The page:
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cait

Teacher Question

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I know there are other teachers here, as well as others who might have ideas...

Last spring I eliminated gluten in utter desperation and was amazed at the difference it made. I wouldn't say I'm functioning at full speed at all, but I'm so much better than I was. My reactions to CC are not as violent as some people's descriptions, thankfully, but I get really tired, get headaches and brain fog, joint pain, and digestive ick. Oh yeah, and I get cranky/depressed. Basically, I feel like I've been hit by a truck, but I lived in that condition for over 10 years before figuring it out, so I'm kind of used to pushing through it.

The challenge is, I teach 4 and 5 year-olds. We had to eliminate gluten in our house because we have a 3 and a 5 year-old, and the CC from them and just from having it around was getting to me. However, I really can't make my classroom gluten-free. And the kids eat lunch there. And snack. And this year breakfast is available in the classroom as well. Is there any way I can manage this so that I'm not CCing myself constantly? I'm having kids wash their hands and faces after eating (I also brought in baby wipes so they can use those if sending them to the bathroom down the hall is not working). I clean the tables and sweep after lunch. I wash my hands as often as I can, and definitely before I eat anything, but we're at the point in the year where I really can't take breaks, so I still have to eat in the classroom, and am often helping them with stuff while trying to eat. Something got me this week, of course. Is there anything else I can do, or is this a hopeless situation?

Thanks!

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Gloves maybe? Teaching the children good handwashing methods? Thats all i can think of.

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I know there are other teachers here, as well as others who might have ideas...

Last spring I eliminated gluten in utter desperation and was amazed at the difference it made. I wouldn't say I'm functioning at full speed at all, but I'm so much better than I was. My reactions to CC are not as violent as some people's descriptions, thankfully, but I get really tired, get headaches and brain fog, joint pain, and digestive ick. Oh yeah, and I get cranky/depressed. Basically, I feel like I've been hit by a truck, but I lived in that condition for over 10 years before figuring it out, so I'm kind of used to pushing through it.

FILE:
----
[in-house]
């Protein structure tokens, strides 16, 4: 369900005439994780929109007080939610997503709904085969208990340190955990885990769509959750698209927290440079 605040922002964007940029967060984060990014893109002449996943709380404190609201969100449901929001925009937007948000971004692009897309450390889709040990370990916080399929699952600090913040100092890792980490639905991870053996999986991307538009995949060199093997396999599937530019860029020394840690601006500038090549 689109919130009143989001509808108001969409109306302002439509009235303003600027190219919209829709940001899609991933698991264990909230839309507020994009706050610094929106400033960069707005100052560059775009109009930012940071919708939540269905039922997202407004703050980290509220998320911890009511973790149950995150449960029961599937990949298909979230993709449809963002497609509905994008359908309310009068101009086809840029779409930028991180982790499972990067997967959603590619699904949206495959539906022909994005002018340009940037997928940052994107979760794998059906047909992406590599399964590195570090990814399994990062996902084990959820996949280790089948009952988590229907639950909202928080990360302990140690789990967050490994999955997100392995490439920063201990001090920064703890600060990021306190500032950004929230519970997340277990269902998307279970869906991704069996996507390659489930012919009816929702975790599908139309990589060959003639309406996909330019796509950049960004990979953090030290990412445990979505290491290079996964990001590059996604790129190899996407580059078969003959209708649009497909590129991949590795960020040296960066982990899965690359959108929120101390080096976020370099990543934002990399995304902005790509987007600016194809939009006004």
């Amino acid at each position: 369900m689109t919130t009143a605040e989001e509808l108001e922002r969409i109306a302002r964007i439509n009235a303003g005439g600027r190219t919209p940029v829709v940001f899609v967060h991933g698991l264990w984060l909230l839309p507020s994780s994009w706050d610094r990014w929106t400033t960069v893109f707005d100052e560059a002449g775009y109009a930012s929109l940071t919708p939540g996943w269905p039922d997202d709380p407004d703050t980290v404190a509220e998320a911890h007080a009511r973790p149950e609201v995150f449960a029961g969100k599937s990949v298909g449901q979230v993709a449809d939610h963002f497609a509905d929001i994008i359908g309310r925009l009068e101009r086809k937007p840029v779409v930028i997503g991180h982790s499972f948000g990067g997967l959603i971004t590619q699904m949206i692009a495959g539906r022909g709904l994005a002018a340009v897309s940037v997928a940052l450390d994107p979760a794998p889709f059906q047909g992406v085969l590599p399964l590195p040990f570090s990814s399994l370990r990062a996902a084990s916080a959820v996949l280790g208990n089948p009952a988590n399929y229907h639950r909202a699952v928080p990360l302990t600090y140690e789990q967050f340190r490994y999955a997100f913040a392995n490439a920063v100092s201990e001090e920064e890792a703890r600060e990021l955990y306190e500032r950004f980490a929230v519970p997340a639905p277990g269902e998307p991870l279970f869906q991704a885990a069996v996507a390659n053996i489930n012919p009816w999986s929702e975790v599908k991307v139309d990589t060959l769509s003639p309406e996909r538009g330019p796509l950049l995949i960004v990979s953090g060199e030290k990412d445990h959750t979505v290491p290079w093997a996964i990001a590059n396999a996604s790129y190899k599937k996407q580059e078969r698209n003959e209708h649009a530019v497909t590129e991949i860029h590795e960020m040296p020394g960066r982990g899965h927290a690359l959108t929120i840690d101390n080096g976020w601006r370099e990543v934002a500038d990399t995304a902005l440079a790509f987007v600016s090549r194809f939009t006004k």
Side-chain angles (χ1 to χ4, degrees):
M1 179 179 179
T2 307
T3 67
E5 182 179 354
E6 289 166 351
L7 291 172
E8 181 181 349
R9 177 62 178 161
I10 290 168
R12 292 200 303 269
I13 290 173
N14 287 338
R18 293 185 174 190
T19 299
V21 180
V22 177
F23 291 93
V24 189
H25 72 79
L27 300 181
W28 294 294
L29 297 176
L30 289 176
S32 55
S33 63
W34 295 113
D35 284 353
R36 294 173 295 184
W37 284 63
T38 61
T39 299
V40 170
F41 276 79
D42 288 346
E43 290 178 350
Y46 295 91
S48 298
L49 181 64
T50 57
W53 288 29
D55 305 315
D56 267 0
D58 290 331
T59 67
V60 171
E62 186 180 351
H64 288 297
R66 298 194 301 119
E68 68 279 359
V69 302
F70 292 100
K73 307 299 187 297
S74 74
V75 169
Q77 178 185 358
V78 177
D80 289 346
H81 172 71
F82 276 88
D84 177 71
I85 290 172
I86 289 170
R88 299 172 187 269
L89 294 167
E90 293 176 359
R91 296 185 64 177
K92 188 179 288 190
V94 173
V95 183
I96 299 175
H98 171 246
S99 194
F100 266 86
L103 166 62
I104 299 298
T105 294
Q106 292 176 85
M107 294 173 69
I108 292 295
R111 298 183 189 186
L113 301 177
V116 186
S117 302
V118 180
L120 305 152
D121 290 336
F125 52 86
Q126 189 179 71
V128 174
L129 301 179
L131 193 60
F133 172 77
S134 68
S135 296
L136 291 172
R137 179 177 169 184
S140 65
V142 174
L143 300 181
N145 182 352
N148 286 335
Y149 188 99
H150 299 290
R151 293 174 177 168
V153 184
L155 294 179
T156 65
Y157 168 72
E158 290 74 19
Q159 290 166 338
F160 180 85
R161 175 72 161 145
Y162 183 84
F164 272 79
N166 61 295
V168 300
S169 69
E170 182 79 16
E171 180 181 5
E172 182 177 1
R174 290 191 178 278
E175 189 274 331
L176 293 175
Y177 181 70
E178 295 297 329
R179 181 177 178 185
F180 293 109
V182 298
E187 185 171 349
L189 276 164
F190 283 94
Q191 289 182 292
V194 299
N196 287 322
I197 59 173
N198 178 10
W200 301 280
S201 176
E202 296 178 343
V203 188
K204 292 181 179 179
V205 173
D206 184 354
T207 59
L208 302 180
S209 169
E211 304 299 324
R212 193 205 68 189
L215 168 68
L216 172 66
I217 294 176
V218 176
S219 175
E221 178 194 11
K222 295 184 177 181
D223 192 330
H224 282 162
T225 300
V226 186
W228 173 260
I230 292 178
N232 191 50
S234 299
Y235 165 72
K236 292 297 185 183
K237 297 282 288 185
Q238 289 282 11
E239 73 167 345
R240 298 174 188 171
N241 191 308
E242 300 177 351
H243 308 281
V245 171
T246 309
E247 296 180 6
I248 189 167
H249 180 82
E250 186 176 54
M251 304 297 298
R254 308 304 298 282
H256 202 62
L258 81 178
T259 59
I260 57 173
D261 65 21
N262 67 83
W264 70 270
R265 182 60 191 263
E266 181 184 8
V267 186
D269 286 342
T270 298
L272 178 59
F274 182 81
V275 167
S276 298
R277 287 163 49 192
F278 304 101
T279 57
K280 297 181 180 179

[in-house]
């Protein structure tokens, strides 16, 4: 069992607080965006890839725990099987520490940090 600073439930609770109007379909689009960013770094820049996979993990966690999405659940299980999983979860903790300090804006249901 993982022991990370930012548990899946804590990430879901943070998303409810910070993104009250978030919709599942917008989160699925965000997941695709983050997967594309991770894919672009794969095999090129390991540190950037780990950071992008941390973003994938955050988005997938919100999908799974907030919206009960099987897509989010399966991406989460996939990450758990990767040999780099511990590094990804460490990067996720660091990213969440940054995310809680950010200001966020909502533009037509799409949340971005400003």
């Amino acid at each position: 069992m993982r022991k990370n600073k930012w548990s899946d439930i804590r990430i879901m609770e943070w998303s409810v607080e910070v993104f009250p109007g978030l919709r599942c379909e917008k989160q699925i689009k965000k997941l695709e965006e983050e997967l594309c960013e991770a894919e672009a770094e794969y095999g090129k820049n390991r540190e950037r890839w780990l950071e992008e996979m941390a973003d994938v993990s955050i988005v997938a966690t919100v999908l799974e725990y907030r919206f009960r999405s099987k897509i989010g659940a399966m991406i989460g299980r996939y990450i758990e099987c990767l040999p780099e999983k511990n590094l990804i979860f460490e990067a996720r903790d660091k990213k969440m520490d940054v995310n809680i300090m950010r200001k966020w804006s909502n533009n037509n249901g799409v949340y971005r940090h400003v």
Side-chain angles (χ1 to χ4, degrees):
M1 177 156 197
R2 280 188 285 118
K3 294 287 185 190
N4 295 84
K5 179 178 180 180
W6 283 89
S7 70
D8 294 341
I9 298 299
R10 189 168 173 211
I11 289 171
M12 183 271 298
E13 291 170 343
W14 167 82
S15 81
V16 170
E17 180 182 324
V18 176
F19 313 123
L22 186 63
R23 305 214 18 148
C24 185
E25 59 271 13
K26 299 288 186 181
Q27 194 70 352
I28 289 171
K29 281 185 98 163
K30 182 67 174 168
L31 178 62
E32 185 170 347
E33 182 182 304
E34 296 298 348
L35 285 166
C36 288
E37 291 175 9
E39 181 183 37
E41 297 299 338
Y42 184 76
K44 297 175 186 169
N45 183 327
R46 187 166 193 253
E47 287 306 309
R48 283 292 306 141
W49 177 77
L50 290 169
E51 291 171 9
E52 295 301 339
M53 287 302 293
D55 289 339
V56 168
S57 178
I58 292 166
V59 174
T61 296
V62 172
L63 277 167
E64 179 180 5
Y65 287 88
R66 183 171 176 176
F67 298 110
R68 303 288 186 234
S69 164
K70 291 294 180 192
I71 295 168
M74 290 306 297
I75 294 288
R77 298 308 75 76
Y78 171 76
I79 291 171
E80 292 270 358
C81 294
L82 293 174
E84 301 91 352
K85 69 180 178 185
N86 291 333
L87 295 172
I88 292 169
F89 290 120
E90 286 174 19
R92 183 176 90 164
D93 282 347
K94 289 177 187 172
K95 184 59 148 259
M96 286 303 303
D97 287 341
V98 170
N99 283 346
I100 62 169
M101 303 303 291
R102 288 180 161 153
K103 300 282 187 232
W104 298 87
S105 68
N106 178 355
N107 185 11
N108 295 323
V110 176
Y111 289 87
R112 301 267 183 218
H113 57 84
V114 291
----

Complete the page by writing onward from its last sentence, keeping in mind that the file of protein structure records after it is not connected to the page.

The challenge is, I teach 4 and 5 year-olds. We had to eliminate gluten in our house because we have a 3 and a 5 year-old, and the CC from them and just from having it around was getting to me. However, I really can't make my classroom gluten-free. And the kids eat lunch there. And snack. And this year breakfast is available in the classroom as well. Is there any way I can manage this so that I'm not CCing myself constantly? I'm having kids wash their hands and faces after eating (I also brought in baby wipes so they can use those if sending them to the bathroom down the hall is not working). I clean the tables and sweep after lunch. I wash my hands as often as I can, and definitely before I eat anything, but we're at the point in the year where I really can't take breaks, so I still have to eat in the classroom, and am often helping them with stuff while trying to eat. Something got me this week, of course. Is there anything else I can do, or is this a hopeless situation?

Thanks!

I'm a teacher aide in kindergarten. It is rough! I'm lucky that I don't need to be in breakfast and my teacher passes out snack. One thing we do that I like is to give each child a baby wipe after snack and they clean the tables. I make sure they get the crumbs off. I wear food gloves to sweep. At lunch I wear food gloves and from the start teach the children how to open their own milks etc. I carry soap with me to the lunchroom and after I help every child, then I take the gloves off and go wash my hands. I would suggest the gloves and see if the children can wipe their own table after lunch. I also am teaching the children how to clean the table and sweep own their own at lunch. We make it a job and rotate it. For now I wear gloves doing this, but soon they will now how to do it on their own. Good luck! We had two birthday parties this past week and it makes me want to freak out!